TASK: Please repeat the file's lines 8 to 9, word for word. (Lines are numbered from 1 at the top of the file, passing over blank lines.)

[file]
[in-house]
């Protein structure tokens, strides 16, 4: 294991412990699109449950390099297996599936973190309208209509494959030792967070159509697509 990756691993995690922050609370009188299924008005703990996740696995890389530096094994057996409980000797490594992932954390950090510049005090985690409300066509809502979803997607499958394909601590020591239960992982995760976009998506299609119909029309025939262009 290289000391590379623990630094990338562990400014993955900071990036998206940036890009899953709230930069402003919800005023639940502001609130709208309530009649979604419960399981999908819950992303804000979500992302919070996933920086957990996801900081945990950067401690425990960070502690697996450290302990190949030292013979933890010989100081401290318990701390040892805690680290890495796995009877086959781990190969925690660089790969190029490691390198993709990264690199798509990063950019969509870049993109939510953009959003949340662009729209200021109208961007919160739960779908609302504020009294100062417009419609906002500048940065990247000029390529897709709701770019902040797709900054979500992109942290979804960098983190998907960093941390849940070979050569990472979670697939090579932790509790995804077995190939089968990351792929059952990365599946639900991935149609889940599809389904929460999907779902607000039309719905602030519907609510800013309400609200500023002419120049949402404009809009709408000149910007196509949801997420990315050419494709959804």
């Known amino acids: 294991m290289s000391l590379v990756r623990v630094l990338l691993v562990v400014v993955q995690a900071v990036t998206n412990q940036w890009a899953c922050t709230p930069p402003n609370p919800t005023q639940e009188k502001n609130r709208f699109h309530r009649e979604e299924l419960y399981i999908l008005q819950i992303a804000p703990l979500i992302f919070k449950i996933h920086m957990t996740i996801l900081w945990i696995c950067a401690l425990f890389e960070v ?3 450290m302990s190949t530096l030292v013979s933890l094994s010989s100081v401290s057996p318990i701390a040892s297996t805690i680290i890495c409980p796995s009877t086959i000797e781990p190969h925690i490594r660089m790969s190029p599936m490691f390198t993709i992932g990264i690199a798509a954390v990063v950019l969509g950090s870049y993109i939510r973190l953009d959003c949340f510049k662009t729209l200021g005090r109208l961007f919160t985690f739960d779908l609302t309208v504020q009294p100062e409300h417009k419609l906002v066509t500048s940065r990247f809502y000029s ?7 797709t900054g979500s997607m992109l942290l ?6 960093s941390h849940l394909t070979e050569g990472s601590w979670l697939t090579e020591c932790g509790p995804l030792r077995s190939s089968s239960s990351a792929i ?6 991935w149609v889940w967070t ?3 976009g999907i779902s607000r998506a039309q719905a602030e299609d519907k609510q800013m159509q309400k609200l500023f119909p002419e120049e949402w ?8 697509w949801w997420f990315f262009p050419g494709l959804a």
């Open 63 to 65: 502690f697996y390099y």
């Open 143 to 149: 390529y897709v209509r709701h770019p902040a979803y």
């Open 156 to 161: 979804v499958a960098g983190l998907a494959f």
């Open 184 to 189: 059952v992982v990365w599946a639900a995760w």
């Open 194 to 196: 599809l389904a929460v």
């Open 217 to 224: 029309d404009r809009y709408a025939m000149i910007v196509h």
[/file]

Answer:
């Open 194 to 196: 599809l389904a929460v």
């Open 217 to 224: 029309d404009r809009y709408a025939m000149i910007v196509h």